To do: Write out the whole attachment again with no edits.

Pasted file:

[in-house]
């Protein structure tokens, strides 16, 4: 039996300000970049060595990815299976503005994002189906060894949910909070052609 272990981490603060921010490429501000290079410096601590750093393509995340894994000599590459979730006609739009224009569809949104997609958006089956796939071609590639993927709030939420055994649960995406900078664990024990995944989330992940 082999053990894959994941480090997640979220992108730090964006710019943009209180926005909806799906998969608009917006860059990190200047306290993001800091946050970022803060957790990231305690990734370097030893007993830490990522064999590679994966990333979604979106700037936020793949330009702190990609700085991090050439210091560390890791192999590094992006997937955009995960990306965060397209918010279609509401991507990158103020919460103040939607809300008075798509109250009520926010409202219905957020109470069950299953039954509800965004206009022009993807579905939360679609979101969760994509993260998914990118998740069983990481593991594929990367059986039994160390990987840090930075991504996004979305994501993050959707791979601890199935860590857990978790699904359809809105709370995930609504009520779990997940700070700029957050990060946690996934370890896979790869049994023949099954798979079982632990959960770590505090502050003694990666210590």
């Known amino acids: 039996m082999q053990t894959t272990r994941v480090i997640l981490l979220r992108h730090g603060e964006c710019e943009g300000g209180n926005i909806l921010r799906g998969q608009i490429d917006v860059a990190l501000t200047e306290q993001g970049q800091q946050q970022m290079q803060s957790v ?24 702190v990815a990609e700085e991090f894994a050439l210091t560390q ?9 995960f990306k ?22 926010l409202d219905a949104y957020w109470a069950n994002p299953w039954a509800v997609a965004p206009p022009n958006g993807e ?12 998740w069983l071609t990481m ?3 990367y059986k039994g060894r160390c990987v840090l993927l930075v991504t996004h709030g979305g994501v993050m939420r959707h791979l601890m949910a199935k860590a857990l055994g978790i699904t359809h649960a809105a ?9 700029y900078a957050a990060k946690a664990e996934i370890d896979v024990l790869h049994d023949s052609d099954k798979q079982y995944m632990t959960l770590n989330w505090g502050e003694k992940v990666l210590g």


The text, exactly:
[in-house]
């Protein structure tokens, strides 16, 4: 039996300000970049060595990815299976503005994002189906060894949910909070052609 272990981490603060921010490429501000290079410096601590750093393509995340894994000599590459979730006609739009224009569809949104997609958006089956796939071609590639993927709030939420055994649960995406900078664990024990995944989330992940 082999053990894959994941480090997640979220992108730090964006710019943009209180926005909806799906998969608009917006860059990190200047306290993001800091946050970022803060957790990231305690990734370097030893007993830490990522064999590679994966990333979604979106700037936020793949330009702190990609700085991090050439210091560390890791192999590094992006997937955009995960990306965060397209918010279609509401991507990158103020919460103040939607809300008075798509109250009520926010409202219905957020109470069950299953039954509800965004206009022009993807579905939360679609979101969760994509993260998914990118998740069983990481593991594929990367059986039994160390990987840090930075991504996004979305994501993050959707791979601890199935860590857990978790699904359809809105709370995930609504009520779990997940700070700029957050990060946690996934370890896979790869049994023949099954798979079982632990959960770590505090502050003694990666210590």
């Known amino acids: 039996m082999q053990t894959t272990r994941v480090i997640l981490l979220r992108h730090g603060e964006c710019e943009g300000g209180n926005i909806l921010r799906g998969q608009i490429d917006v860059a990190l501000t200047e306290q993001g970049q800091q946050q970022m290079q803060s957790v ?24 702190v990815a990609e700085e991090f894994a050439l210091t560390q ?9 995960f990306k ?22 926010l409202d219905a949104y957020w109470a069950n994002p299953w039954a509800v997609a965004p206009p022009n958006g993807e ?12 998740w069983l071609t990481m ?3 990367y059986k039994g060894r160390c990987v840090l993927l930075v991504t996004h709030g979305g994501v993050m939420r959707h791979l601890m949910a199935k860590a857990l055994g978790i699904t359809h649960a809105a ?9 700029y900078a957050a990060k946690a664990e996934i370890d896979v024990l790869h049994d023949s052609d099954k798979q079982y995944m632990t959960l770590n989330w505090g502050e003694k992940v990666l210590g």